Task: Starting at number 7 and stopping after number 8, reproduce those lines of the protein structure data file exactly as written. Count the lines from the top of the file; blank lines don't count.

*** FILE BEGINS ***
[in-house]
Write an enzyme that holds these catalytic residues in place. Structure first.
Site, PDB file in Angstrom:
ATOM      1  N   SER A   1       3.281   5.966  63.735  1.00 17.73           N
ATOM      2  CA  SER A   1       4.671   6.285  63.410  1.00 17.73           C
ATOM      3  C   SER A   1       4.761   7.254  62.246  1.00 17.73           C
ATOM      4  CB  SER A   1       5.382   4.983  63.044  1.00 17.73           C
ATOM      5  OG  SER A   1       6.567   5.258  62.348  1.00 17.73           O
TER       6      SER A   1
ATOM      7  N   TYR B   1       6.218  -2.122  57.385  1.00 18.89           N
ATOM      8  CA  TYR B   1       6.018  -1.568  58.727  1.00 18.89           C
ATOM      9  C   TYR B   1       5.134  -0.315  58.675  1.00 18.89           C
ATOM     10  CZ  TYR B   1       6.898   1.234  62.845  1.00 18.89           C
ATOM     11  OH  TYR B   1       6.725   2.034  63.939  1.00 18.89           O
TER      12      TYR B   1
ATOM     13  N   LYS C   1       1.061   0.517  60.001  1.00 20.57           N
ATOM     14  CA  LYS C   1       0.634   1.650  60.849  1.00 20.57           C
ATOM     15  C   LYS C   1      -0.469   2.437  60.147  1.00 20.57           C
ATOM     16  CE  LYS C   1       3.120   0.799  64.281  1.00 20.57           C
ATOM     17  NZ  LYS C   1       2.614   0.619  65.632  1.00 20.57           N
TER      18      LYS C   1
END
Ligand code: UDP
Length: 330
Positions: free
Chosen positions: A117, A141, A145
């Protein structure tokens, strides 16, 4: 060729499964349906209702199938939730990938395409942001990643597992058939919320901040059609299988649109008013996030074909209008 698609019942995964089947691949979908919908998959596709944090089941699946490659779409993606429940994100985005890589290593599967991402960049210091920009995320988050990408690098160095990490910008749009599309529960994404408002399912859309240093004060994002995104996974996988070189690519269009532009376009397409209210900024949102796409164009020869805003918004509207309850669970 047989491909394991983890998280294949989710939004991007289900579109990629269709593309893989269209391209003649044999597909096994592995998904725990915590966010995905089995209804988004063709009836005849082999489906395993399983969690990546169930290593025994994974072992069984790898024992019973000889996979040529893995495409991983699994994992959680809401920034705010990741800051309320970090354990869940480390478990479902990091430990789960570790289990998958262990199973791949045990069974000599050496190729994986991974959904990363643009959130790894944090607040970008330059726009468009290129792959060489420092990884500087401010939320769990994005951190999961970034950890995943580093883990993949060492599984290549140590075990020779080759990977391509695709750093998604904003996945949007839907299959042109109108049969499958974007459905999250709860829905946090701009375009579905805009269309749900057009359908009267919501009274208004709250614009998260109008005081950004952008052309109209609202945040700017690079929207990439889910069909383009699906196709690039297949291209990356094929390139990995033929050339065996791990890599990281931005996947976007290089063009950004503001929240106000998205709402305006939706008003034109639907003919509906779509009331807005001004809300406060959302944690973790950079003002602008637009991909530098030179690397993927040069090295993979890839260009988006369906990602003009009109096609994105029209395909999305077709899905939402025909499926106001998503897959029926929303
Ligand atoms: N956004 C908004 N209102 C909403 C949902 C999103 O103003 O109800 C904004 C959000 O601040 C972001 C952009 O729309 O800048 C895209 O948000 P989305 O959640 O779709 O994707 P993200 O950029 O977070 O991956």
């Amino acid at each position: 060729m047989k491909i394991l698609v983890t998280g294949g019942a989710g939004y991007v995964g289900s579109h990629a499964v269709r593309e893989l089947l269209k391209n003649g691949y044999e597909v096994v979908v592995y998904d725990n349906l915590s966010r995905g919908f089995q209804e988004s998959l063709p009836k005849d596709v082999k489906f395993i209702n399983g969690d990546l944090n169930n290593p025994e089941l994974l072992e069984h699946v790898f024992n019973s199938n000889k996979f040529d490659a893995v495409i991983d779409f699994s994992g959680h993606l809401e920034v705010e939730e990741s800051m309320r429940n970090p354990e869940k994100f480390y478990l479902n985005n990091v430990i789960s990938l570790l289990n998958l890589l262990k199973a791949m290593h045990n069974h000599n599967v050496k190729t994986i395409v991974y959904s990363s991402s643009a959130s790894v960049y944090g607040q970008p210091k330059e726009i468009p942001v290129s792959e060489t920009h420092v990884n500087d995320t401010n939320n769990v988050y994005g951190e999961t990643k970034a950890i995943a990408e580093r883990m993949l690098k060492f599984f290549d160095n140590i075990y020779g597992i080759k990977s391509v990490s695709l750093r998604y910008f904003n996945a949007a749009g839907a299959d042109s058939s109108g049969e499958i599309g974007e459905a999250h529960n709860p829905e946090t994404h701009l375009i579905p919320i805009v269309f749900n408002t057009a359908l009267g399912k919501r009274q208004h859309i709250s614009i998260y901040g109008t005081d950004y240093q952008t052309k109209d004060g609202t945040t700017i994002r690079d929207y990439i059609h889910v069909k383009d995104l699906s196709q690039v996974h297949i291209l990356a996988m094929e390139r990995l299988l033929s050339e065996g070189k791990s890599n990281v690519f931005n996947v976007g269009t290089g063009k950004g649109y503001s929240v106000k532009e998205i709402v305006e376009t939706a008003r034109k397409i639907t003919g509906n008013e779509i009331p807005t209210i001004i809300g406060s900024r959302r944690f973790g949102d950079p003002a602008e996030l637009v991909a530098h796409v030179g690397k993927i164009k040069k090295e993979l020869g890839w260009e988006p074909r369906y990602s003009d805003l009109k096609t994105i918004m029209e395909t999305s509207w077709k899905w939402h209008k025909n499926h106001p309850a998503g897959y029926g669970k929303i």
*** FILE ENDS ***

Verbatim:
ATOM      4  CB  SER A   1       5.382   4.983  63.044  1.00 17.73           C
ATOM      5  OG  SER A   1       6.567   5.258  62.348  1.00 17.73           O